In the first century AD, the city of Pompeii in Italy was covered in ash from the massive eruption of nearby Mount Vesuvius. The resulting solidified volcanic debris left behind hollow molds from which casts of victims caught in various poses by the eruption were recreated. They provide fascinating and vivid details of a day gone horribly wrong, as the eruption caught the city’s residents completely by surprise.
The body casts of Pompeii are poignant reminders of just how unexpectedly your environment can change and how quickly you can be blindsided by seemingly inescapable dangers (excerpt from Slingshot: Re-Imagine Your Business, Re-Imagine Your Life).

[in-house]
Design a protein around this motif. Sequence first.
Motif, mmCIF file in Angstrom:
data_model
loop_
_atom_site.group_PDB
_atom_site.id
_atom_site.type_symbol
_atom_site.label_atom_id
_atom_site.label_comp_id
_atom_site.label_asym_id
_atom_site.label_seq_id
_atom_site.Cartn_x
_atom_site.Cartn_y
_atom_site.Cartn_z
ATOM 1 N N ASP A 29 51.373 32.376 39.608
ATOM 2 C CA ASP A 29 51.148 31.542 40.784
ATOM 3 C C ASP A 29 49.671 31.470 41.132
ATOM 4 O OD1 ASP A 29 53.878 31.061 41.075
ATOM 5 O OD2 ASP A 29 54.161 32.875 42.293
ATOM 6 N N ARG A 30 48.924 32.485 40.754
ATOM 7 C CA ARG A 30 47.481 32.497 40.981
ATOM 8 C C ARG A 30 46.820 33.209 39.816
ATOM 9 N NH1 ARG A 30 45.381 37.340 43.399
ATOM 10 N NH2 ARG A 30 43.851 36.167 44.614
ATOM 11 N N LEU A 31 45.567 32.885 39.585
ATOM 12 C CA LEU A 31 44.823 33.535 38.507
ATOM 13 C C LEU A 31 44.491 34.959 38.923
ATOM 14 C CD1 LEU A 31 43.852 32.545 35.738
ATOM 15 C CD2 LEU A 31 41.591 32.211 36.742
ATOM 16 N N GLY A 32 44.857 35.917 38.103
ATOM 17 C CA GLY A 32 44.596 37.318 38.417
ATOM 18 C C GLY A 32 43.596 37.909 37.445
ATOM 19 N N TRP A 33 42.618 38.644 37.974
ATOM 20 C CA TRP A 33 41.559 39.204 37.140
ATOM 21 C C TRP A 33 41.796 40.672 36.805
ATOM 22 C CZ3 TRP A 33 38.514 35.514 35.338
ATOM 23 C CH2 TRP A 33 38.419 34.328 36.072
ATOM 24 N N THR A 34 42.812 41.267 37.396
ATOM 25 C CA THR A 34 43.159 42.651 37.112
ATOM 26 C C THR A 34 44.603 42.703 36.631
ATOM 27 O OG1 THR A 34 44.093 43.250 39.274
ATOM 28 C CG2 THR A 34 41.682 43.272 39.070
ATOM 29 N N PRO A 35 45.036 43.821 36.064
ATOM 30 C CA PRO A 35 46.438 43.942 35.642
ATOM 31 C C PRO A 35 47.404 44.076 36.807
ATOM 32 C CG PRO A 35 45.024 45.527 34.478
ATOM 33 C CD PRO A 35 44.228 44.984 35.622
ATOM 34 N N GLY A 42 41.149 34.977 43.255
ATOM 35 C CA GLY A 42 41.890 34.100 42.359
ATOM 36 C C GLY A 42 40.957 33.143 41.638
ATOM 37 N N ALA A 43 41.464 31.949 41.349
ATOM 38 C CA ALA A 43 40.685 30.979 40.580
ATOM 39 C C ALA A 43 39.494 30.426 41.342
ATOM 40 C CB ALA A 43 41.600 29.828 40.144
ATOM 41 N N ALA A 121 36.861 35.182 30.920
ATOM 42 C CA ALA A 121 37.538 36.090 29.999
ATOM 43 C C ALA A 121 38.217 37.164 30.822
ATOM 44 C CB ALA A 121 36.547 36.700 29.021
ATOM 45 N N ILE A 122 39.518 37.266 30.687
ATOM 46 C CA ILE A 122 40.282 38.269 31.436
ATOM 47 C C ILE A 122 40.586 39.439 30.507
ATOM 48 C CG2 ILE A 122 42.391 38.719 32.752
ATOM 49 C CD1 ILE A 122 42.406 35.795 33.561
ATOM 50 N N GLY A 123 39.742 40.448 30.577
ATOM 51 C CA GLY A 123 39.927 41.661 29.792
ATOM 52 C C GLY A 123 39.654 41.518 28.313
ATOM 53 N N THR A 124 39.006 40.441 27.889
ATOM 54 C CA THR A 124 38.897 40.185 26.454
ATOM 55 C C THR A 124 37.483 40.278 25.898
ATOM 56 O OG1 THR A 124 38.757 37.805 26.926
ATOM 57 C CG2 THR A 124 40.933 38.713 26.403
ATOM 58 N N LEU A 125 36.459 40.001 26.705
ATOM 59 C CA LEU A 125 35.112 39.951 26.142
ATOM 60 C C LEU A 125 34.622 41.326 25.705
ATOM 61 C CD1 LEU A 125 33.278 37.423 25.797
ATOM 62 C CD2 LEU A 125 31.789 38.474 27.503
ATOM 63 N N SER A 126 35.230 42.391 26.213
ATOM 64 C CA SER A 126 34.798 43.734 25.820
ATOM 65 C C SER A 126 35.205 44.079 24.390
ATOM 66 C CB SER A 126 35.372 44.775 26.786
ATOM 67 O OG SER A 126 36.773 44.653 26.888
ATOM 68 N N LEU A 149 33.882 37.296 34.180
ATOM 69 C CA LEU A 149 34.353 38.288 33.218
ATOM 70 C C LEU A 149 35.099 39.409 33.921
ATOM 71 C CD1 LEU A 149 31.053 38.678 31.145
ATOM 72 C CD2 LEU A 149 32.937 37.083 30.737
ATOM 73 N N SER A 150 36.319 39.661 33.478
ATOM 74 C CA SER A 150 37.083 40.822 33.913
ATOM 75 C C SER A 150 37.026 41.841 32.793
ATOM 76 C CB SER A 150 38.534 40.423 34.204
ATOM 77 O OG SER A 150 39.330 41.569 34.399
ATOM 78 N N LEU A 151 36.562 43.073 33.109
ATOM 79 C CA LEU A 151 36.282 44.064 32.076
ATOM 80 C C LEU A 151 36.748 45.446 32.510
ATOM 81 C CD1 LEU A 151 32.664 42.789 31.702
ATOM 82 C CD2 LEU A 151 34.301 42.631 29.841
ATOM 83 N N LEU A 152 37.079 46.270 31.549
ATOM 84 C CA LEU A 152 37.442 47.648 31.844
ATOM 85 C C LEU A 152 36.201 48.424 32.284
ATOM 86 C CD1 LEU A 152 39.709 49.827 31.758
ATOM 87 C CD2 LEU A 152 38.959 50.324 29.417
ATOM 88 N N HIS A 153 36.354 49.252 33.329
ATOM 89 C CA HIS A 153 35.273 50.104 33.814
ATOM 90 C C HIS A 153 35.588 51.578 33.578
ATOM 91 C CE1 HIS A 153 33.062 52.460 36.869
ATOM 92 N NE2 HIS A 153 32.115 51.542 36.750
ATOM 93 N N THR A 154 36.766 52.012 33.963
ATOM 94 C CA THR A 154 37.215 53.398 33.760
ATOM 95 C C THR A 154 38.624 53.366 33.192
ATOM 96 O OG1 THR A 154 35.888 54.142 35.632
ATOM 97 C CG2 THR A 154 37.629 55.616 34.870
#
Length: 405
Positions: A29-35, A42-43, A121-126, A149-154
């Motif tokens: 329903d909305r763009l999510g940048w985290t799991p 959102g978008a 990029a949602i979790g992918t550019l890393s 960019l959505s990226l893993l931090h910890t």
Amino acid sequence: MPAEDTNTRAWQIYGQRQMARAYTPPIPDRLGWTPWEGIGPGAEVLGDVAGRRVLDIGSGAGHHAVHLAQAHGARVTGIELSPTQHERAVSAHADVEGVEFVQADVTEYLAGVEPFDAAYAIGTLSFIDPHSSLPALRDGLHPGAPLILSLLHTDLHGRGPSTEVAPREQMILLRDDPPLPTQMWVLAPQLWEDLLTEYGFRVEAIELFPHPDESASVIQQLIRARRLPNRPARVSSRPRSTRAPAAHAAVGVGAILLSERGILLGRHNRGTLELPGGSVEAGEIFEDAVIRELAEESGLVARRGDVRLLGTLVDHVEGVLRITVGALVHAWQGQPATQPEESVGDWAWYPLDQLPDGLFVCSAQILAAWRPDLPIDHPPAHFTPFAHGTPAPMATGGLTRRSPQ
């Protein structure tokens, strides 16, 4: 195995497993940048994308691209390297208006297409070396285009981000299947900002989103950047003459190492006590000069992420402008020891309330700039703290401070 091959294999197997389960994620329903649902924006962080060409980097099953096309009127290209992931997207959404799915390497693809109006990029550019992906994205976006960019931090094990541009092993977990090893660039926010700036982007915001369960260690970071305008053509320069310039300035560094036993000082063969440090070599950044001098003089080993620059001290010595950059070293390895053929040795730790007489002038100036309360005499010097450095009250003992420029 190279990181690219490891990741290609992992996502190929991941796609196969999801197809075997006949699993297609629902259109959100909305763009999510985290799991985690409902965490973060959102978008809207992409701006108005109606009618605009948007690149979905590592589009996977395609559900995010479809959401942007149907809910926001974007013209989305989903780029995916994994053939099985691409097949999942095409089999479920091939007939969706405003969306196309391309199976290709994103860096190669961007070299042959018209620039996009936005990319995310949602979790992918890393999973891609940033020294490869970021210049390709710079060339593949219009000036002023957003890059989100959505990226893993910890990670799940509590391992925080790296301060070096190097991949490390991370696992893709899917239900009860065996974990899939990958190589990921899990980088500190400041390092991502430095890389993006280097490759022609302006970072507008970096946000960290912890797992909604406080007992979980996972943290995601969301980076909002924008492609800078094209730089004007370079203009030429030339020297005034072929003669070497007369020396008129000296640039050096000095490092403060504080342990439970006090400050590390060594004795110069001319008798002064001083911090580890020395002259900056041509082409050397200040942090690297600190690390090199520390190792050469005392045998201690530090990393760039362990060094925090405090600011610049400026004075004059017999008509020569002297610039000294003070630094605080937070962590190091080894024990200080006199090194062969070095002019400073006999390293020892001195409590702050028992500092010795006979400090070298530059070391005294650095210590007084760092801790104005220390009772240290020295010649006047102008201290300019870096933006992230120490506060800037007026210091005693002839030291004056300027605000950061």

A recent news story describing the threat to wireless carriers against their highly lucrative text messaging offerings reminds us of the tragic outcome in Pompeii, and made us wonder which carrier will be the first to begin re-imagining the wireless landscape and escape the impending doom?
From New York Times:
At a time when e-mail and many other forms of electronic communication are essentially free, wireless carriers are still charging as much as 20 cents to send a text message to a phone, and another 20 cents to receive it.
Paying so much to transmit a handful of words is starting to look as antiquated as buying stamps.
There are now a growing number of ways to bypass text-message charges using an Internet connection — much as Skype allows people to make calls without relying on a traditional telephone line. If these services catch on in a big way, analysts say, they could take a big bite out of the profits that text messages generate for wireless carriers.
[Image via Google Images.]